As a five-year-old house league hockey player, Emma Balazsi kept racking up penalty minutes. “I would always volunteer to take a penalty,” Balazsi, now 17, said.
Her willingness to take on the enforcer role wasn’t completely selfless.
She didn’t want to be on the ice unless she could play her ideal position: goaltender, a role the Grade 12 student now relishes with Malvern Collegiate Institute’s varsity team.
“As soon as I started playing, I knew I wanted to be a goalie, but my mom really didn’t want me to be a goalie,” Balazsi said, noting her mother, Belinda, had been a goalie in her youth and was concerned about the added pressure of the position. That, and the risks of the role as well as the added cost of the equipment made it a tough sell.
But Balazsi was determined, something she attributes to her favourite player, current Vegas Golden Knights goaltender Marc-Andre Fleury—or, more specifically, the bright yellow pads he donned as he led the Pittsburgh Penguins to three Stanley Cup titles. “When I was five, I was like, ‘Oh, those are really pretty. I want to be a goalie so I can have pretty pads,” she said.
It took a year for her to win her mom over, and the struggle didn’t end there. Her first game between the pipes at age six was a wash.
“It was pretty bad,” she said. Her team lacked a backup goalie in the lineup that day, so she had to stay in the crease for at least eight goals. Her team was not impressed.
“They were like, ‘Oh, we’re stuck with her,’” she said. She didn’t play in the net again that year.
Balazsi hasn’t had that problem at Malvern.
After being asked to try out this past fall for what was then the varsity boys team—it has been renamed a varsity team because she made the lineup—Balazsi has posted a stellar record of five wins, one loss and one tie with a goals against average of 1.5.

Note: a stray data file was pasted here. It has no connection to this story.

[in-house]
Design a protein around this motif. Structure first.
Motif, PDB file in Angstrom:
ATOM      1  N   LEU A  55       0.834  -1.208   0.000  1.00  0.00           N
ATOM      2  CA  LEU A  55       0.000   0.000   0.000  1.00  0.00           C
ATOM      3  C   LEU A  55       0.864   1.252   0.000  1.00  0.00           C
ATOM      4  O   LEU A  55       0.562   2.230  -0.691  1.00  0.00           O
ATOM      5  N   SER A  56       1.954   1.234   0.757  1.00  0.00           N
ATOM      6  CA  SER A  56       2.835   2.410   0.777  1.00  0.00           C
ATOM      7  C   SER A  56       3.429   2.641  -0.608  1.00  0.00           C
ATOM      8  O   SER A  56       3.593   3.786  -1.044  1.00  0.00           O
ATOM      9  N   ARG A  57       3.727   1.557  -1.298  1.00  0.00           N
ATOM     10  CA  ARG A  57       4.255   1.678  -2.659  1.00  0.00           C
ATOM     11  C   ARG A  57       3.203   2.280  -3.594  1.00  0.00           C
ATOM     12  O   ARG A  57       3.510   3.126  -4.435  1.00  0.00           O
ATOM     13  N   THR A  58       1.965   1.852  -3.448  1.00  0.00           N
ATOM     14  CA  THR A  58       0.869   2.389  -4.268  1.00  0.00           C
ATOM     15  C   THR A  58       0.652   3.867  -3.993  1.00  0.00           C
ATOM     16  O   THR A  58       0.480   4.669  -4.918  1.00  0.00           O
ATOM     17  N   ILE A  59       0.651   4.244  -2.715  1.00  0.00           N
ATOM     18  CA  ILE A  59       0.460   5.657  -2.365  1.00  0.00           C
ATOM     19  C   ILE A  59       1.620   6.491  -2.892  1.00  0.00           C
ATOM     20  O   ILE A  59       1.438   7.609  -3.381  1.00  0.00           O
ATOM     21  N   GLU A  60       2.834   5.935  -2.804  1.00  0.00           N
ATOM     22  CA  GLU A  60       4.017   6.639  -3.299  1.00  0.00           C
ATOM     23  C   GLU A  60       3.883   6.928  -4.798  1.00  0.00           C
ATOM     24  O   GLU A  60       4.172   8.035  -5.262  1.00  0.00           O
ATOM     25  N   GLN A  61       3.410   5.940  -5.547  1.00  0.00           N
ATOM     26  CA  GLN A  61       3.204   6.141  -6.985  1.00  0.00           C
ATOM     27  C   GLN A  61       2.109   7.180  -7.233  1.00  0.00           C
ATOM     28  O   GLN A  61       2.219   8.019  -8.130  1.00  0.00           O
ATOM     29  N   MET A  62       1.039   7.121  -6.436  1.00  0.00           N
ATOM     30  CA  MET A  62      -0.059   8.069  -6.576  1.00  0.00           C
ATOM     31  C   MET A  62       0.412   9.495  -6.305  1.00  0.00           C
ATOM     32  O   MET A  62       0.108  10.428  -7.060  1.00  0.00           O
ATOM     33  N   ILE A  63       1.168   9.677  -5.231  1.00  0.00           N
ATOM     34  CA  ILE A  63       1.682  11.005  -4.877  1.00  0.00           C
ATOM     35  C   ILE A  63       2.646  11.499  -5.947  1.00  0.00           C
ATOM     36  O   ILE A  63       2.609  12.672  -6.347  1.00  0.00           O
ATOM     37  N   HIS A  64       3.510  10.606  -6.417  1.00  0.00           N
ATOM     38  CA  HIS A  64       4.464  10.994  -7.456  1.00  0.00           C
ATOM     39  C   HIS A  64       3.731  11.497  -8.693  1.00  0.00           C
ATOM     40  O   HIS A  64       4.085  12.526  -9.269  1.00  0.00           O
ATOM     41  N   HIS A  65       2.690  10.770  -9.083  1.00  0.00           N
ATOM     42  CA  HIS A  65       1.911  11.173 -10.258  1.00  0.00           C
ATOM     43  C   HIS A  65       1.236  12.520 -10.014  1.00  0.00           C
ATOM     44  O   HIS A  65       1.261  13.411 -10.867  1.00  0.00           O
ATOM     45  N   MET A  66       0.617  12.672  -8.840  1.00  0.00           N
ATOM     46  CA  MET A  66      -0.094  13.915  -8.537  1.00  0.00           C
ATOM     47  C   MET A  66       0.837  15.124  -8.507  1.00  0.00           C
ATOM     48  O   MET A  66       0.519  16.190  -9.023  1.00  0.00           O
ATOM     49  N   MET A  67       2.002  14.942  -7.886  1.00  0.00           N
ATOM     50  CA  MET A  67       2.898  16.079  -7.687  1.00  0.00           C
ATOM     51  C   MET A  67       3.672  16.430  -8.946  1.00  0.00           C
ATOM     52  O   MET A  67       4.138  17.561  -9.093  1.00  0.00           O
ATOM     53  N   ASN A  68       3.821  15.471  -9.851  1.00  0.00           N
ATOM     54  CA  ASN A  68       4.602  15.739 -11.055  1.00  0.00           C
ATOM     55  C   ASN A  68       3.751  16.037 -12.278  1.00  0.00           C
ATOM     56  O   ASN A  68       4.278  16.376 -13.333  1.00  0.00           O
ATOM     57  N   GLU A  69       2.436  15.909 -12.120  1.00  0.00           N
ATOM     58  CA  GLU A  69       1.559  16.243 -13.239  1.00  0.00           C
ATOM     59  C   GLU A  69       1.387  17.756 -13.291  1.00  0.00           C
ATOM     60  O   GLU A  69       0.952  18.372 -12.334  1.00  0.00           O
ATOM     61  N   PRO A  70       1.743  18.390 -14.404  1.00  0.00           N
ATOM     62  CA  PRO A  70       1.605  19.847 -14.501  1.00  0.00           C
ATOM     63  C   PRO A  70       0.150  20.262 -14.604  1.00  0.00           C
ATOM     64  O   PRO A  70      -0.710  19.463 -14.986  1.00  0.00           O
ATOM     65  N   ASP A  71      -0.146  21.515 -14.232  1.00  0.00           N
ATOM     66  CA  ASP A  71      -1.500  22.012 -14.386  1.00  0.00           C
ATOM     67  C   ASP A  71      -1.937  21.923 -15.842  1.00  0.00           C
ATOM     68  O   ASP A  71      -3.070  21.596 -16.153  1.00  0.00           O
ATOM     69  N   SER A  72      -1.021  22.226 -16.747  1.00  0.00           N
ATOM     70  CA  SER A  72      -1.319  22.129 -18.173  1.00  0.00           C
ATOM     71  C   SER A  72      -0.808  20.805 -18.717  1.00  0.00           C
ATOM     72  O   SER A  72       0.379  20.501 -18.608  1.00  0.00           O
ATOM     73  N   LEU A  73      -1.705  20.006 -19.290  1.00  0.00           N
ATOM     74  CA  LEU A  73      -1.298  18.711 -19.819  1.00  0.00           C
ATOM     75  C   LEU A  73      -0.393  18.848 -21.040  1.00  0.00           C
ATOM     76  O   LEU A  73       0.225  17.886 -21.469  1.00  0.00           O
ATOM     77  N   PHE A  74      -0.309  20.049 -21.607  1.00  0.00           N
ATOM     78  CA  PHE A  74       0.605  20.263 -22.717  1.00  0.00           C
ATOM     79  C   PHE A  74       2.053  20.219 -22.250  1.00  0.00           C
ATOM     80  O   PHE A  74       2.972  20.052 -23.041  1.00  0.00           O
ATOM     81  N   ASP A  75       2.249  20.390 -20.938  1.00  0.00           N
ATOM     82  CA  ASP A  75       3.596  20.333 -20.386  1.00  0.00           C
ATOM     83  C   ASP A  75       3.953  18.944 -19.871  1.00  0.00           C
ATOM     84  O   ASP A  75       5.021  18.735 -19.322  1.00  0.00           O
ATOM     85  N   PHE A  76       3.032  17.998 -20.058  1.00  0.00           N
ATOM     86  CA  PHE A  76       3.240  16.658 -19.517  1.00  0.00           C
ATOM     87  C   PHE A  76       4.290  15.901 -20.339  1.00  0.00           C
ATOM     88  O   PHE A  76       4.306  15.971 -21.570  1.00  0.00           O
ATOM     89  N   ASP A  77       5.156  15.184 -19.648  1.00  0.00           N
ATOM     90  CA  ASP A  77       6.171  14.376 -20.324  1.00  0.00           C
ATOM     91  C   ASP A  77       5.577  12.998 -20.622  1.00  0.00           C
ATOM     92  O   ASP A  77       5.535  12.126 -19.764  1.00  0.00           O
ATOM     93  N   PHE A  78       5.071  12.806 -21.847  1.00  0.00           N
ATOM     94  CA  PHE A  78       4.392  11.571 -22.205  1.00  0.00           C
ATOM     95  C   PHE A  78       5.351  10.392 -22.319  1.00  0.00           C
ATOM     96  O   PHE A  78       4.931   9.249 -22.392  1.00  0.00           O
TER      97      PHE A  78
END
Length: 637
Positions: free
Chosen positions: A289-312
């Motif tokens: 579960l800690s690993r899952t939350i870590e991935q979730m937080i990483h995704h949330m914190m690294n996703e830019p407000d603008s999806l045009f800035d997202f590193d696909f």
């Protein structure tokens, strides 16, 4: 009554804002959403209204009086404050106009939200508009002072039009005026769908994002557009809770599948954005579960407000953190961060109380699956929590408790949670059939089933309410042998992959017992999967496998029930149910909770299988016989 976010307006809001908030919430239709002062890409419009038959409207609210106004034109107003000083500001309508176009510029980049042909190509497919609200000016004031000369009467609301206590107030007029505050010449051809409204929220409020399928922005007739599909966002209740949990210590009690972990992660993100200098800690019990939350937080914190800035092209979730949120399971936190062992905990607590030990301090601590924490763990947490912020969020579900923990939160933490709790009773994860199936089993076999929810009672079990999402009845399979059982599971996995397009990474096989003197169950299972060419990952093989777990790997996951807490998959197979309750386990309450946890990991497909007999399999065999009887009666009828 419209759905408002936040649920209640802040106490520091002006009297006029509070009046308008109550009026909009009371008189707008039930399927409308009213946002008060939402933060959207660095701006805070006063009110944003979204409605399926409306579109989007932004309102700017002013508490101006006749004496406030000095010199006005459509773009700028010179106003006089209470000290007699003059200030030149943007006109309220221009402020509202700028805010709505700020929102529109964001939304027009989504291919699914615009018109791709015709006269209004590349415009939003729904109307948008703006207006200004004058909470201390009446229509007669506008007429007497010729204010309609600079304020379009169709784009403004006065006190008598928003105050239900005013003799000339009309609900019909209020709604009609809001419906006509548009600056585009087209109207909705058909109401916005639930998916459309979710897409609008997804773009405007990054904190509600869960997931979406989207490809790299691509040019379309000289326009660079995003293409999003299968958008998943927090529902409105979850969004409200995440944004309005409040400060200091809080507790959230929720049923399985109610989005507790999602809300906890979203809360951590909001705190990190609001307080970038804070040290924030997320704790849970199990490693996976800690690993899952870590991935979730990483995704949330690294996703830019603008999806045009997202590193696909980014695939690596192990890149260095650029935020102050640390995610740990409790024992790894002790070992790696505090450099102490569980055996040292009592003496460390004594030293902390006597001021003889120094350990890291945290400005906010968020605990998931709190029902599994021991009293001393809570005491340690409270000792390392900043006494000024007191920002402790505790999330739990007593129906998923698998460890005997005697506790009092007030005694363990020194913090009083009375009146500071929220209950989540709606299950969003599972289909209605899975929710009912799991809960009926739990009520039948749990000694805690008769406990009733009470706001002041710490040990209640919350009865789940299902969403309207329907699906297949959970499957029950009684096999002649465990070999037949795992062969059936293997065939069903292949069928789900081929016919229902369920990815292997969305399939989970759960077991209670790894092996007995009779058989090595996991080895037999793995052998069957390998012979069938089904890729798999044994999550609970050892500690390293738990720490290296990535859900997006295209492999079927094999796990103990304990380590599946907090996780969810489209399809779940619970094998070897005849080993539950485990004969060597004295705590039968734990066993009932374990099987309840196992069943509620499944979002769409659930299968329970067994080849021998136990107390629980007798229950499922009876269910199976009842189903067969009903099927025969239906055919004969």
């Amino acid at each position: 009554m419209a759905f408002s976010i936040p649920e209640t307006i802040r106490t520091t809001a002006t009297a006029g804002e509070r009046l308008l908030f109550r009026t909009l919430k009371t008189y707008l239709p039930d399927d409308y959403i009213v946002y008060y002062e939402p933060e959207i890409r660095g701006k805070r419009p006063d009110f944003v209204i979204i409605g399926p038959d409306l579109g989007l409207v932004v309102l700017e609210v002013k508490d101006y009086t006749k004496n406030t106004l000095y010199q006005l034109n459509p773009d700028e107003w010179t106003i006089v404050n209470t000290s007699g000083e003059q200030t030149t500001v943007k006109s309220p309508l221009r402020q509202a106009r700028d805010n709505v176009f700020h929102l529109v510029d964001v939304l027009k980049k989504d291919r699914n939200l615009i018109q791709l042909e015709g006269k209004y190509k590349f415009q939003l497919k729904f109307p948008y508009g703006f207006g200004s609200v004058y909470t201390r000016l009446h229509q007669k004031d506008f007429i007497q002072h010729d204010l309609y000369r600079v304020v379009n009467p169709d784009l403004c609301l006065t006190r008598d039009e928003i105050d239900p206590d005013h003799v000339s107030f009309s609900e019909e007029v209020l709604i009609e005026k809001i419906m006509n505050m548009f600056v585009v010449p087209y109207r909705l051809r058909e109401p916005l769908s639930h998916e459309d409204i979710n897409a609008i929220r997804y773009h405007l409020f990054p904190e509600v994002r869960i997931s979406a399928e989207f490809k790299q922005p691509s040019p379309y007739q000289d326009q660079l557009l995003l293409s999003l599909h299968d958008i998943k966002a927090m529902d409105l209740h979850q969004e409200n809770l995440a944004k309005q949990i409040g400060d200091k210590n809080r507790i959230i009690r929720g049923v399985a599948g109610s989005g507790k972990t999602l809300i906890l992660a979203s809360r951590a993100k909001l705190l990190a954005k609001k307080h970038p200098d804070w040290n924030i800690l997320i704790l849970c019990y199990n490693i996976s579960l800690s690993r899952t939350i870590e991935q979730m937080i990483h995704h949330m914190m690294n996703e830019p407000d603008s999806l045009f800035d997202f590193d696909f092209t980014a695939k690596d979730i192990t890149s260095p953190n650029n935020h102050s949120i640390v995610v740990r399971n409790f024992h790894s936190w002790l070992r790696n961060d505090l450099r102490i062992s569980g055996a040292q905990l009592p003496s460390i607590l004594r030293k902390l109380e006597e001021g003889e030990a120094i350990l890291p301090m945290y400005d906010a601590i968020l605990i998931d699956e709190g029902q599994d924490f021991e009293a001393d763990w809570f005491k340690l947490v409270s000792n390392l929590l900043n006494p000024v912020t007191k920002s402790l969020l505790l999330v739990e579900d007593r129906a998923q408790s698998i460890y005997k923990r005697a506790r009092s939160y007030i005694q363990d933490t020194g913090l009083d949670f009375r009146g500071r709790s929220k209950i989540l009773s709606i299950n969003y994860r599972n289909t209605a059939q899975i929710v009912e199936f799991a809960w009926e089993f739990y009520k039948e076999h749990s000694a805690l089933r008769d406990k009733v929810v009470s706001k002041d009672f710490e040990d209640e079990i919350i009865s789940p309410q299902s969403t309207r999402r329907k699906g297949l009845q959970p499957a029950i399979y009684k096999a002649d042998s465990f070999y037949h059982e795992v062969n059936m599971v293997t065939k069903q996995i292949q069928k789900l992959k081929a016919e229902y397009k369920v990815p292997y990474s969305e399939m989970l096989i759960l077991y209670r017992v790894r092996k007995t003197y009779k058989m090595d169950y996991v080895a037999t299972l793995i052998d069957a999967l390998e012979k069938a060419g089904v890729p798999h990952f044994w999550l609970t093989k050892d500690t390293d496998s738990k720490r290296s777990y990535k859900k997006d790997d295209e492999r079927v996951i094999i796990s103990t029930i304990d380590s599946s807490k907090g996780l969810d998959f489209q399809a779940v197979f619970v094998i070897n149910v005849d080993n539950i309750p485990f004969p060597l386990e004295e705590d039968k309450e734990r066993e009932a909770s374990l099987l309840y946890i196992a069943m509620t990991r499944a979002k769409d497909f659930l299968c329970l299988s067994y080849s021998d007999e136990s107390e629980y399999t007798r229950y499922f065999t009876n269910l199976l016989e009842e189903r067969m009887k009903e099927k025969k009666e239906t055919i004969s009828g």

“A female player on the team is something new for us, but the transition has been seamless,” her coach, Doug Underwood, said in an email. “Her teammates are appreciative of her contribution to the program in terms of her attitude and quality of play. She has impressed us with her rebound control, positioning, and on ice communication.”
The peak of Balazsi’s nascent career occurred when she was 13. It was the first of two consecutive years she went to Europe for an invitational tournament and placed third. “The first year we went over we were under 13 and playing against under-16 teams, so winning bronze that year was probably the highlight of my career,” she said.
Balazsi’s goal is to make the pros, and she has accepted an offer to play for Brock University’s women’s team next year.
“I would love to play in the CWHL, which is like the women’s NHL,” she said. The future political science student also has ambitions to become a constitutional lawyer someday, but she wouldn’t mind following in the footsteps of Manon Rheaume, who appeared in two exhibition games for the Tampa Bay Lightning in the early ‘90s and was the first and only woman to play in the NHL. “That would be cool.”
To other girls looking to compete against the opposite sex, she suggests focusing on your own abilities. “I would say, ‘You’re just as good. It doesn’t matter what your gender is as long as you know you’re good enough to play.’”
Sharing the rink with boys for much of her life has come with unique challenges—it was tough to adjust to having her own dressing room for the first time when she was 12—but she said “everyone’s been really accepting so far.” Well, almost everyone.
“There’s one team this year that’s like, ‘Oh, good, they have a girl. I can’t wait to play them (Malvern),” she said. The team, which Balazsi did not name, and Malvern have yet to face off this season, but Balazsi is unfazed by the trash talk.
“Just watch me,” she responded.